The Golden Honeycomb deals with the attitudes of three generations of Indians toward their colonial rulers. The Indian characters belong to the privileged class: Markandaya contrasts the position and mentality of the colonial rulers with that of princely Indians. The curious relationship between the two is presented through the consciousness of Rabi, a prince. His nationalistic spirit is encouraged by the women in his family, particularly his mother and grandmother. He relates to the working class with ease and mingles freely with the servants' children. He even gets involved in a demonstration in support of the laborers. Some of the other Indian royals are eager to protect their superior position but are mere lackeys before the British. The British viceroy upholds the rule of the state by an illegitimate prince, an ascension bound to be a fragile "golden honeycomb." Sophie, the daughter of Sir Arthur Copeland, involves herself initially with the cause of the working class and motivates Rabi to do so. But her inherited race-consciousness soon reveals itself, and she withdraws from the cause. Rabi realizes that he could work better with Usha, a fellow Indian, for a common cause, without having to worry about interference arising out of racial disparity. The novel depicts events set in different locations without making specific reference to these places. This fact contributes to its episodic nature.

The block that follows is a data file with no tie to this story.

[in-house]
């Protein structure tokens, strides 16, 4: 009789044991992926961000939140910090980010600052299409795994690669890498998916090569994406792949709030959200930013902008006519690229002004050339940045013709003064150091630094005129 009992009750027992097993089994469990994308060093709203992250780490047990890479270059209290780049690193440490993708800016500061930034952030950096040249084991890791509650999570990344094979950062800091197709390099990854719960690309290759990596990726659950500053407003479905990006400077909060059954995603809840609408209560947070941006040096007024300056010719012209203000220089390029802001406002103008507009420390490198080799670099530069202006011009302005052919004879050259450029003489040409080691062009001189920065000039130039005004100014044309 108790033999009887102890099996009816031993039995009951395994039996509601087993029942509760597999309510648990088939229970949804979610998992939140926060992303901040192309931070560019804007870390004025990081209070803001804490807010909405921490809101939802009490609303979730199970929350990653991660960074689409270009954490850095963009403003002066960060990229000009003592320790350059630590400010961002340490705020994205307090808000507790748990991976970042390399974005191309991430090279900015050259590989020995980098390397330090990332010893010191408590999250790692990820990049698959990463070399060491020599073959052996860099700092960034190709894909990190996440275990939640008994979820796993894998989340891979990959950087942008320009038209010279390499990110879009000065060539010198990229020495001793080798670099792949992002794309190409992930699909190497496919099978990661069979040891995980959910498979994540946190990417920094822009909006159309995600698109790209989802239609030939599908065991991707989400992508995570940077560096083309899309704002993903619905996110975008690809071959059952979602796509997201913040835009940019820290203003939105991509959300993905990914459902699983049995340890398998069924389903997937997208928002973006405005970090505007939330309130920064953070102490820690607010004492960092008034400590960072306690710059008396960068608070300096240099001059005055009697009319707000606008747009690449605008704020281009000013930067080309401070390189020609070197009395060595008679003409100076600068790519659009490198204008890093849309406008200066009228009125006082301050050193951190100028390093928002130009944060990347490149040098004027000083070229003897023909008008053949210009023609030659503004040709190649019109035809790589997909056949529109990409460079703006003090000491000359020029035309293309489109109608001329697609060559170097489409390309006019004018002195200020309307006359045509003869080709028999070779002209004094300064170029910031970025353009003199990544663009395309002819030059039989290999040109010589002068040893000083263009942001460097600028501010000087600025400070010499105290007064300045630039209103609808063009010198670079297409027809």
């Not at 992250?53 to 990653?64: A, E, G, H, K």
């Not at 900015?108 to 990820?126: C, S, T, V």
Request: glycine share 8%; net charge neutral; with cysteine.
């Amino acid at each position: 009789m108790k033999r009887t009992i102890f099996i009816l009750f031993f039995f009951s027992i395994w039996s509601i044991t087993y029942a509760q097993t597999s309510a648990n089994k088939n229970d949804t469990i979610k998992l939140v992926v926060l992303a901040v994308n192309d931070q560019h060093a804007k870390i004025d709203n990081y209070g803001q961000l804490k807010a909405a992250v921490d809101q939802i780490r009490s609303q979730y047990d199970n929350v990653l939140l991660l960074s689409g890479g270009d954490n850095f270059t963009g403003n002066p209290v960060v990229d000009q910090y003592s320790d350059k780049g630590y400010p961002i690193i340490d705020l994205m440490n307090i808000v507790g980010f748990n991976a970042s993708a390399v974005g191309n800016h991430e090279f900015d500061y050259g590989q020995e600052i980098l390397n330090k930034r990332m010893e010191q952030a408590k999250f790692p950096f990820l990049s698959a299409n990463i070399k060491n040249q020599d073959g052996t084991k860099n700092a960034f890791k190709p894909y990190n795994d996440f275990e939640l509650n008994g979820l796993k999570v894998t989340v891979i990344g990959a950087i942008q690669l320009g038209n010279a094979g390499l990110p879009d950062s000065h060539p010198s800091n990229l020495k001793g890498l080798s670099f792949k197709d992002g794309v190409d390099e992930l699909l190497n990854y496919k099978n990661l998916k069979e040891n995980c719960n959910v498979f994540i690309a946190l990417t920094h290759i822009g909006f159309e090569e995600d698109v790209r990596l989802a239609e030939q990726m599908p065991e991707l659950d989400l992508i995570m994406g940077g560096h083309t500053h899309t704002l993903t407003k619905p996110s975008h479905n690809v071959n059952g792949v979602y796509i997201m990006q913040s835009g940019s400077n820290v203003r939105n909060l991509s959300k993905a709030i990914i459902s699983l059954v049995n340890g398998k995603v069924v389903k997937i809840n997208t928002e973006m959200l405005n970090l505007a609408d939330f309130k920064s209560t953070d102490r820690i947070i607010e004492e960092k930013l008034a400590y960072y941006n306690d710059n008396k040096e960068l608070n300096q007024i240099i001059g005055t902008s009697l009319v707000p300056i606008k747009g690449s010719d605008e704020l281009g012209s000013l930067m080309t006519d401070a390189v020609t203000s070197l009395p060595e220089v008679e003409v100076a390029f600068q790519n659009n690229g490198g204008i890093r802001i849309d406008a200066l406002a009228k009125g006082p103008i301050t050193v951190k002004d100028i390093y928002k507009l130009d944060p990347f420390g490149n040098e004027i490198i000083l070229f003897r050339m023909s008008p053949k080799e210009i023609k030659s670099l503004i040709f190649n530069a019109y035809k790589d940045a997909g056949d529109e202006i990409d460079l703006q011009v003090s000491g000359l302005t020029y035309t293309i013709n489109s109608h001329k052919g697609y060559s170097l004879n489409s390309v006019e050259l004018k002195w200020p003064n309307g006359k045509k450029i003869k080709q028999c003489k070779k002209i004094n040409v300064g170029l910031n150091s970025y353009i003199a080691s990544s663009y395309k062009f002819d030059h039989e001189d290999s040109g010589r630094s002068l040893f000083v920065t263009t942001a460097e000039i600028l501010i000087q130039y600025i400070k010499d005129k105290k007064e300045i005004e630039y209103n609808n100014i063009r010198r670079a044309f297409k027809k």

Markandaya's tenth novel, Pleasure City (1982), was published as Shalimar in the United States. The main action in the novel is the construction of a holiday resort near a fishing village. The resort is named Shalimar after Emperor Jehangir's pleasure garden. British and Indians come together in a working relationship in this project, undertaken by the Atlas International Development Corporation. But the racial hierarchy remains. The chairman and the director are British, whereas the construction workers are all Indians. The urbanization initiated by the British in India is seen here as a cause for the gradual erosion of traditional values. But the brighter aspects of urbanization are not entirely overlooked. There is no downright condemnation of the influence of the West on India either. Markandaya glorifies the possibilities of genuine race relations, as seen in the two friends Rikki and Tully.